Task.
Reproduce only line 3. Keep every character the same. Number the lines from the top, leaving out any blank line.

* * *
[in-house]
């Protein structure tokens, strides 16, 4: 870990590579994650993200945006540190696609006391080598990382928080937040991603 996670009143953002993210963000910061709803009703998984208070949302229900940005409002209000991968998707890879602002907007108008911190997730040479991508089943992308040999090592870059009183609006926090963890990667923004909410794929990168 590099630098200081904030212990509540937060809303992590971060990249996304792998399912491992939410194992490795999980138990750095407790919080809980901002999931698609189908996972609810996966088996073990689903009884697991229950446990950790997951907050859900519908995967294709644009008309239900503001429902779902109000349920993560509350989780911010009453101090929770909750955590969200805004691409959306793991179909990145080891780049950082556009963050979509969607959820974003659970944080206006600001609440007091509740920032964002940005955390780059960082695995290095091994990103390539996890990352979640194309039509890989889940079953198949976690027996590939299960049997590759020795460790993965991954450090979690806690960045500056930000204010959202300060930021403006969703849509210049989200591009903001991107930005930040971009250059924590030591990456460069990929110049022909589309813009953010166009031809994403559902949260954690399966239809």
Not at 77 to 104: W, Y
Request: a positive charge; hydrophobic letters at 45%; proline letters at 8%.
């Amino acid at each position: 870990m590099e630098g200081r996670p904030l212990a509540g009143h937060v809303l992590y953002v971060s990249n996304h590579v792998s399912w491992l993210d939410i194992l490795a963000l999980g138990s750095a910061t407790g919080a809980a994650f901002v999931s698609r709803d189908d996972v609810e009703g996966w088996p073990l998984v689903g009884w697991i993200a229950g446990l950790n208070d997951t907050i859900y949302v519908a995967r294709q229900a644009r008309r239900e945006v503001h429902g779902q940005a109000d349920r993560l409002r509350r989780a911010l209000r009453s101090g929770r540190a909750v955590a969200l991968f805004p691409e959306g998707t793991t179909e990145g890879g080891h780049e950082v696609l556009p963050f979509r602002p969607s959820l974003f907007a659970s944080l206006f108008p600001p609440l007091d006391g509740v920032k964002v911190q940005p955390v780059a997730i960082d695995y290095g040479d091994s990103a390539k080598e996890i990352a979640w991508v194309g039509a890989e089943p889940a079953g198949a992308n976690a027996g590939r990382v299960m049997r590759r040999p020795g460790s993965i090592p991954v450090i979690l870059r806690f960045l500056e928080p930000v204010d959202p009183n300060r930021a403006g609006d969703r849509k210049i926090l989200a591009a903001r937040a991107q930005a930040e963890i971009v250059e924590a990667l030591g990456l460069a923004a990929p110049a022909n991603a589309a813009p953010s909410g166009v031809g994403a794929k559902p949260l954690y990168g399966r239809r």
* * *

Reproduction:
Not at 77 to 104: W, Y